Growing in soil v hydro, which is better?
In simple terms, soil is the standard growing material in which all plants grow naturally. Although the name hydro suggests growing plants in water, which can be the case, it is used as a generic term for growing plants in fluid or liquid medium.
You can grow great marijuana in either soil or hydro
The fundamental characteristics of any given marijuana strain (THC/CBD etc.) remain the same regardless of how it is grown. The basic taste also stays the same although the actual taste can be influenced by how a plant is grown. It's therefore probably fair to say that growers be more confident of a consistent taste when using hydro. The one indisputable change between soil and hydro is that hydro offers the prospect of much bigger yields. While this has obvious attractions, it's worth remembering that bigger yields come from bigger plants. The means that there needs to be plenty of space in which to house them.
Bigger yields come at the price of more effort
While growing marijuana is fairly straightforward, it does take a bit of effort to grow it in soil and it takes a whole lot more effort to grow it in hydro. Soil does contain some nutrients already although these will almost certainly need to be topped up with additional food. Hydro, however, is essentially the equivalent of an empty plate, which means you have to supply all the nourishment your plant needs. Getting a hydro set-up right can be a lot more challenging than simply topping up soil with a supplement. On the other hand, some growers believe that once the system is set up, it can actually be lower maintenance since you simply top up one reservoir per dozen plants. Beginners could feasibly use a hydro system, but might want to think seriously about how committed they are about growing their own weed before buying the necessary equipment.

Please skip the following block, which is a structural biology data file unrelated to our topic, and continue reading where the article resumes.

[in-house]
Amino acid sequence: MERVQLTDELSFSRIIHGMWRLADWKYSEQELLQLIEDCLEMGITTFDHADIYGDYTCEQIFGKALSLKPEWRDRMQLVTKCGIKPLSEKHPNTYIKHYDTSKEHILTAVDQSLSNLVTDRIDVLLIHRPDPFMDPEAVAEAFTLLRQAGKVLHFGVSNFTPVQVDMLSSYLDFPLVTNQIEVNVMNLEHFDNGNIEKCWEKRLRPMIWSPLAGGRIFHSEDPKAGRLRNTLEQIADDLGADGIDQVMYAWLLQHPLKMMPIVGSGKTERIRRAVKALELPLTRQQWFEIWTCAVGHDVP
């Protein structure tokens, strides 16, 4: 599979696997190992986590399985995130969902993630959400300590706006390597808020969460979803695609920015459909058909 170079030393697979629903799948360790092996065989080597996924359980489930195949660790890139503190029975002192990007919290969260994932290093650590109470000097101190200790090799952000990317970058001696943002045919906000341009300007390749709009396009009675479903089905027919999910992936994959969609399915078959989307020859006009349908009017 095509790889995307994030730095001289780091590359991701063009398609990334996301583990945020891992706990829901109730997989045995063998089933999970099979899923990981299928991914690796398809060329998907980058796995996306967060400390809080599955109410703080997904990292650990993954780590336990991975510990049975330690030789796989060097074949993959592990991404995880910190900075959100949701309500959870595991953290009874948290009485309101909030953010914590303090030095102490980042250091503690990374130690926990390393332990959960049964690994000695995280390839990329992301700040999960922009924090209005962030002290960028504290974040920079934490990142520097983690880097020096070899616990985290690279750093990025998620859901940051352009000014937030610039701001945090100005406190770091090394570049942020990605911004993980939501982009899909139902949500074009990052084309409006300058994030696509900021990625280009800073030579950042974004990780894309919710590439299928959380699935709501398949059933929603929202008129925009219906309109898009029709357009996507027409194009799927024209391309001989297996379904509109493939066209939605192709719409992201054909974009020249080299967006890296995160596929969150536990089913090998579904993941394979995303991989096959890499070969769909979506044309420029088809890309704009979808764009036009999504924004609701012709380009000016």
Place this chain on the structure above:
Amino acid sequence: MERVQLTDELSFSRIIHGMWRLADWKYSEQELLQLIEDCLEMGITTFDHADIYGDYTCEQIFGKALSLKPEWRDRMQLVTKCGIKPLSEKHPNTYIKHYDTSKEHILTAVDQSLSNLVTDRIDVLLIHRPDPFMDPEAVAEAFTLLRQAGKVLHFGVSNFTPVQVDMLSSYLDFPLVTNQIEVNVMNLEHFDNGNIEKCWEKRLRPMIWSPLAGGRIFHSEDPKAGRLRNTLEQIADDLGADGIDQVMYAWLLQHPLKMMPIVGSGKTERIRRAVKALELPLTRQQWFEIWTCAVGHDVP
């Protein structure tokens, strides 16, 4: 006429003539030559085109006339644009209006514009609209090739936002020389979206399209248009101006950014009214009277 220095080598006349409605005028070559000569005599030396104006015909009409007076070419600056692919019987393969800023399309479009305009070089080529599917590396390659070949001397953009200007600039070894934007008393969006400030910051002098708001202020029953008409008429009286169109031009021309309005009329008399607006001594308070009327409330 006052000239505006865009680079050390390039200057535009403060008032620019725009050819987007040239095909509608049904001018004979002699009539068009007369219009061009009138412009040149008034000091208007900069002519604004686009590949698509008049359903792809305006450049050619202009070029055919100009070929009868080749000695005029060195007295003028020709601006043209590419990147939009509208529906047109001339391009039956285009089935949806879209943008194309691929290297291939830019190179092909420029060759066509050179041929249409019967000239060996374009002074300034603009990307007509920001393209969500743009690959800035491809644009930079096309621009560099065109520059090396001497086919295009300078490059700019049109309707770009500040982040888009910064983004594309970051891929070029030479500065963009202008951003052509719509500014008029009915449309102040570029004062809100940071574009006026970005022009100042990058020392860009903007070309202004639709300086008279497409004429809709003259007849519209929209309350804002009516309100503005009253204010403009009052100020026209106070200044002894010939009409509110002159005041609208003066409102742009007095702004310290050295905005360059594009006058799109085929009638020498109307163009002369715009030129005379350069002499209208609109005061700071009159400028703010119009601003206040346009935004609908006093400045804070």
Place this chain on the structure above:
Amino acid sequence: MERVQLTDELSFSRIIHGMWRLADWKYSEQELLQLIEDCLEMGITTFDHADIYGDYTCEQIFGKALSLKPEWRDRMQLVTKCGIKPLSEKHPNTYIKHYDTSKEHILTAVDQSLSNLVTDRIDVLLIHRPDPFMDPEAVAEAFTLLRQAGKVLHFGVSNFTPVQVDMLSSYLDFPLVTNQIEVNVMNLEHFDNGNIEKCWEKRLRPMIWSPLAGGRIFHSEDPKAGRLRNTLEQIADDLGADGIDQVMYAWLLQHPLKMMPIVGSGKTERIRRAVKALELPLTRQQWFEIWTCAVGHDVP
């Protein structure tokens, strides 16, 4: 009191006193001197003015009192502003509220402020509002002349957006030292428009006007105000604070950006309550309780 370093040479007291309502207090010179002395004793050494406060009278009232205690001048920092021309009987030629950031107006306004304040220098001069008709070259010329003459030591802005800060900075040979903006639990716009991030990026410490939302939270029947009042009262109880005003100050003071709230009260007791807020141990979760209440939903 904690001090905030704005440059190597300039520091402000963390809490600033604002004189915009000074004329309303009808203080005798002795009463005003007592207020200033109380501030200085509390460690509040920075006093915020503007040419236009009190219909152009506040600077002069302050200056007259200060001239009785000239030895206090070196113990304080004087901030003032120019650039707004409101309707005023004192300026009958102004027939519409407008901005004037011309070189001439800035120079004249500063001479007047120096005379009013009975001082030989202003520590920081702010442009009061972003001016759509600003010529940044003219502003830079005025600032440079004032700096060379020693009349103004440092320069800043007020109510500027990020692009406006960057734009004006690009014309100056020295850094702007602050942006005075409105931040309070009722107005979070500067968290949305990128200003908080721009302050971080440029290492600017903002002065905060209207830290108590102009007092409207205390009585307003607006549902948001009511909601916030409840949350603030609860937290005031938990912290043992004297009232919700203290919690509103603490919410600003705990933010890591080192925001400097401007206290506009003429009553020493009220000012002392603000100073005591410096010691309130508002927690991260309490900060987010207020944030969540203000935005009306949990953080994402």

Hydro requires a more substantial upfront investment
There is much more equipment involved in using hydro than in using soil and this equipment needs to be bought up front. Over the long term, the cost can be set against the higher yields and increased speed of the growth cycle. For beginners and/or small scale growers, however, it may take a very long time to reach break-even point.